In 1988, Legal Voice helped to pass the country's first law to extend the statute of limitations for child sexual abuse survivors to pursue claims against those responsible for the abuse. This Washington law created a delayed discovery rule that allows the time limit for legal action to start at the point the victim discovers her injuries are a result of the abuse, instead of when she reaches 18 years of age. We later helped to enact similar laws in Montana, and now, we are defending those rights for survivors in Oregon.
In the 1980s and early 1990s, a juvenile probation officer employed by Josephine County, Oregon sexually abused and assaulted many boys. This man was responsible for setting the children he supervised on the right path, but he abused his power in terrible ways. What's more, Josephine County officials allegedly received reports about suspected sexual abuse by the officer but failed to remove him from his position.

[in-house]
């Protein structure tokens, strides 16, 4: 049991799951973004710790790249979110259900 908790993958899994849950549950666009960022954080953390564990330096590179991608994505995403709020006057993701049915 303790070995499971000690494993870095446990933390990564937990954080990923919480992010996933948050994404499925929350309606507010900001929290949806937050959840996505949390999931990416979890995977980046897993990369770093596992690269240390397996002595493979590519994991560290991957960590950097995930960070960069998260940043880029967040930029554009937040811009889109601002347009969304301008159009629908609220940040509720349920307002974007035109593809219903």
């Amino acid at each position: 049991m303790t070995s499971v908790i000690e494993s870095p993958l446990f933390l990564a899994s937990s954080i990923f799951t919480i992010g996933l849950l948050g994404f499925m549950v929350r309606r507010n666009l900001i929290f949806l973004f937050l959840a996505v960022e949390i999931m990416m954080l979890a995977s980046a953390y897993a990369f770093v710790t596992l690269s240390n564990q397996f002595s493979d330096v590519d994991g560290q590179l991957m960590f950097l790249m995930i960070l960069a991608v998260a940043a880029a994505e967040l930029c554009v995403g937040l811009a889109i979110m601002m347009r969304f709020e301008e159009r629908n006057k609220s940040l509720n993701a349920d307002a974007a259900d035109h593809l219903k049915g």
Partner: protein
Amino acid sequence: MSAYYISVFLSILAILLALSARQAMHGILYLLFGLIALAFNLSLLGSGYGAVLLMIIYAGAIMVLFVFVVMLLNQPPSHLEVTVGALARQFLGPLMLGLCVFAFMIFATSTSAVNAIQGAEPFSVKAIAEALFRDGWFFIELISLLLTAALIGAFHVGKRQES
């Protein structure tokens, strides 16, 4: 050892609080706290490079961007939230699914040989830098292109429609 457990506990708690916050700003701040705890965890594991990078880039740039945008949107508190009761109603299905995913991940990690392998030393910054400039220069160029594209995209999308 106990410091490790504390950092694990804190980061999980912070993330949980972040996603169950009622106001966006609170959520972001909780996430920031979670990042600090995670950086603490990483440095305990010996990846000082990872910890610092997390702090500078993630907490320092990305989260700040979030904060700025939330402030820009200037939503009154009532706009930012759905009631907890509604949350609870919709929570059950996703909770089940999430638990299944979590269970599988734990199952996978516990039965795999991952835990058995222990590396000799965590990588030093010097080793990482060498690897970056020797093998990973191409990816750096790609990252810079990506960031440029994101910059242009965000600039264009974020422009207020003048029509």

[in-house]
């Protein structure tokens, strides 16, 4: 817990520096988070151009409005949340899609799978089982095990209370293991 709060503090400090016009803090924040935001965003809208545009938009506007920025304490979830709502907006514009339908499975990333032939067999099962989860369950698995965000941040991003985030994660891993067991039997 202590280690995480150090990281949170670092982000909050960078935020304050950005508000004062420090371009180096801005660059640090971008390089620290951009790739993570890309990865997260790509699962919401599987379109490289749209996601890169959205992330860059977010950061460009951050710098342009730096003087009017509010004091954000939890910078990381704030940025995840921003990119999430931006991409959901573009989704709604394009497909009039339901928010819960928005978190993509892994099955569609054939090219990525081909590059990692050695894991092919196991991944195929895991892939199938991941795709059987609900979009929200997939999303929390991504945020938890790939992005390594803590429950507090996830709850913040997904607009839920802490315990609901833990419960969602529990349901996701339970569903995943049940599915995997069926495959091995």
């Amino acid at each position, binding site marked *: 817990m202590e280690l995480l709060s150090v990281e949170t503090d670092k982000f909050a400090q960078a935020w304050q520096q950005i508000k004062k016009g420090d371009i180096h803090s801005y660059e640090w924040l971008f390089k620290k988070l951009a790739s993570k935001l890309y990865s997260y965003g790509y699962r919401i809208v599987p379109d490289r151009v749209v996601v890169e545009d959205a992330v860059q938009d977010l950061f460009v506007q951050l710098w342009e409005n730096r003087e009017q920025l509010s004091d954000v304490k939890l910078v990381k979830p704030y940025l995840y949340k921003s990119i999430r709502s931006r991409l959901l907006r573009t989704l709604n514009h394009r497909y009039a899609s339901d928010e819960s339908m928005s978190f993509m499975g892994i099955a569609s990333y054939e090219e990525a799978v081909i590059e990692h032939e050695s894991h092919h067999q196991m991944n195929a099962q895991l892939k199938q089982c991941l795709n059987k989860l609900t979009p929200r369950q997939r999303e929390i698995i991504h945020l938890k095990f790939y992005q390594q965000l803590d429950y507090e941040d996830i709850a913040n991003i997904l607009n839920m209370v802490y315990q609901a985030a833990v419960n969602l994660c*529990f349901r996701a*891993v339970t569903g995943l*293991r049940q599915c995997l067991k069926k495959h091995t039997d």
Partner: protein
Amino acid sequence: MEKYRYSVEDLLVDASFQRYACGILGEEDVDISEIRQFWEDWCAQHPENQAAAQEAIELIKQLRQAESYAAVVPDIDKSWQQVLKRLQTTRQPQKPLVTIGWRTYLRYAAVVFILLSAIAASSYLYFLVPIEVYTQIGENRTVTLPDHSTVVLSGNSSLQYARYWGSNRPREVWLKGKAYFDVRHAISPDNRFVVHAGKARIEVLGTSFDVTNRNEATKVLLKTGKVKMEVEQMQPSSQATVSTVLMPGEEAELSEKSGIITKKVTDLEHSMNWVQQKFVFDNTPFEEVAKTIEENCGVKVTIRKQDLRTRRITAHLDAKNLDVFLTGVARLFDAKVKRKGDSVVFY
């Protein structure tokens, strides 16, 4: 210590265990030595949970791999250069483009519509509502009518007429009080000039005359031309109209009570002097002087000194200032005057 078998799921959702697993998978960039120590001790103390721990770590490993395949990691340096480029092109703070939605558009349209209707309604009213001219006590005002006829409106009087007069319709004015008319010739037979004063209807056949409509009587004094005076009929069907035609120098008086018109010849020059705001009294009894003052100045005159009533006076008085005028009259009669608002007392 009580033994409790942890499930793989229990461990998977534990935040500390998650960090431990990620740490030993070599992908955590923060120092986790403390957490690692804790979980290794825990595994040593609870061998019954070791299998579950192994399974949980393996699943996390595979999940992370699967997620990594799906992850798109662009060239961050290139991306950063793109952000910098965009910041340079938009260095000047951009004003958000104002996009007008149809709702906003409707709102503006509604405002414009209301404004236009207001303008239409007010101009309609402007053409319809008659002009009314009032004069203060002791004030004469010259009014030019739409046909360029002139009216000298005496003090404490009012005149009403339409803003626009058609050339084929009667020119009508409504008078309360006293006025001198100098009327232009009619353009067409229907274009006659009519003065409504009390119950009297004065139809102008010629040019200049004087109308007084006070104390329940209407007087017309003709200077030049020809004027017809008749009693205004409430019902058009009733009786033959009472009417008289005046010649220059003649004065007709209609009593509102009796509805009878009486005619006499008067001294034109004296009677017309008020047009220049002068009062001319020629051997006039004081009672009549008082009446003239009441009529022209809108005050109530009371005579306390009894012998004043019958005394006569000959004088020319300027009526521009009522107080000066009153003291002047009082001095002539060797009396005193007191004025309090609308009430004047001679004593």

As is common with child sexual abuse survivors, many of the victims didn't recognize the lasting injuries caused by the trauma of the abuse until they were adults. But when nine adult survivors brought claims against the County in federal court, the trial court dismissed their claims on the grounds that they should have recognized their injuries and the County's potential responsibility sooner.
We believe the trial court failed to properly apply the discovery rule in this case. That is why Legal Voice filed an amicus brief last week urging the Ninth Circuit Court of Appeals to reverse the trial court's decision. Our brief explains the complex and varied impacts that sexual assault has on victims, as well as the unique barriers that child sexual abuse survivors face in recognizing their injuries.
We will keep you updated as this appeal moves forward. And you can be sure that we will continue our work to ensure that all survivors of sexual violence are able to pursue justice.